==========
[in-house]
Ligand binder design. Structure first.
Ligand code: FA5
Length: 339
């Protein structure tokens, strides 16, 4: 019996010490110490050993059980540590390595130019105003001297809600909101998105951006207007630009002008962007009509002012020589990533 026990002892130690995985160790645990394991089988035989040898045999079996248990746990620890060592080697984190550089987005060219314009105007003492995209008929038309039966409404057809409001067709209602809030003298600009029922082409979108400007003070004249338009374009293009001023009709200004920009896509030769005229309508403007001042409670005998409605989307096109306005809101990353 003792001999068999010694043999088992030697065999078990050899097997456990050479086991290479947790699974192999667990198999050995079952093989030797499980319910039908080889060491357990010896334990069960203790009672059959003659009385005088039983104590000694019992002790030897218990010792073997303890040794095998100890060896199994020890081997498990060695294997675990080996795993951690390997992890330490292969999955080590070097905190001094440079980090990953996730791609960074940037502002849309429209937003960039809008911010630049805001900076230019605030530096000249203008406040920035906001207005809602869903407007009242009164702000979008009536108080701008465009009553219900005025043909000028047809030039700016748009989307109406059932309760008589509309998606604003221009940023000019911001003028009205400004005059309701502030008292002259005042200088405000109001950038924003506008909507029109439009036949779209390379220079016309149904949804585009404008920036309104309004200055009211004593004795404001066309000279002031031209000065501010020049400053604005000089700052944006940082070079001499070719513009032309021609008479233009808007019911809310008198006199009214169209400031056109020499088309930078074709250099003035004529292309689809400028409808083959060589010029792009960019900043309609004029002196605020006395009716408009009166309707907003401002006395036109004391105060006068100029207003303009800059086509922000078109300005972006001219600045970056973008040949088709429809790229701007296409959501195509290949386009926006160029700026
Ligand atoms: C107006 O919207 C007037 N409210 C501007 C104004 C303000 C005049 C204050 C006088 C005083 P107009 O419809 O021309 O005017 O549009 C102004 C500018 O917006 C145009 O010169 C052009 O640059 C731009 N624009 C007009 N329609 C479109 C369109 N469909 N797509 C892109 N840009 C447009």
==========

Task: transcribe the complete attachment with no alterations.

[in-house]
Ligand binder design. Structure first.
Ligand code: FA5
Length: 339
């Protein structure tokens, strides 16, 4: 019996010490110490050993059980540590390595130019105003001297809600909101998105951006207007630009002008962007009509002012020589990533 026990002892130690995985160790645990394991089988035989040898045999079996248990746990620890060592080697984190550089987005060219314009105007003492995209008929038309039966409404057809409001067709209602809030003298600009029922082409979108400007003070004249338009374009293009001023009709200004920009896509030769005229309508403007001042409670005998409605989307096109306005809101990353 003792001999068999010694043999088992030697065999078990050899097997456990050479086991290479947790699974192999667990198999050995079952093989030797499980319910039908080889060491357990010896334990069960203790009672059959003659009385005088039983104590000694019992002790030897218990010792073997303890040794095998100890060896199994020890081997498990060695294997675990080996795993951690390997992890330490292969999955080590070097905190001094440079980090990953996730791609960074940037502002849309429209937003960039809008911010630049805001900076230019605030530096000249203008406040920035906001207005809602869903407007009242009164702000979008009536108080701008465009009553219900005025043909000028047809030039700016748009989307109406059932309760008589509309998606604003221009940023000019911001003028009205400004005059309701502030008292002259005042200088405000109001950038924003506008909507029109439009036949779209390379220079016309149904949804585009404008920036309104309004200055009211004593004795404001066309000279002031031209000065501010020049400053604005000089700052944006940082070079001499070719513009032309021609008479233009808007019911809310008198006199009214169209400031056109020499088309930078074709250099003035004529292309689809400028409808083959060589010029792009960019900043309609004029002196605020006395009716408009009166309707907003401002006395036109004391105060006068100029207003303009800059086509922000078109300005972006001219600045970056973008040949088709429809790229701007296409959501195509290949386009926006160029700026
Ligand atoms: C107006 O919207 C007037 N409210 C501007 C104004 C303000 C005049 C204050 C006088 C005083 P107009 O419809 O021309 O005017 O549009 C102004 C500018 O917006 C145009 O010169 C052009 O640059 C731009 N624009 C007009 N329609 C479109 C369109 N469909 N797509 C892109 N840009 C447009």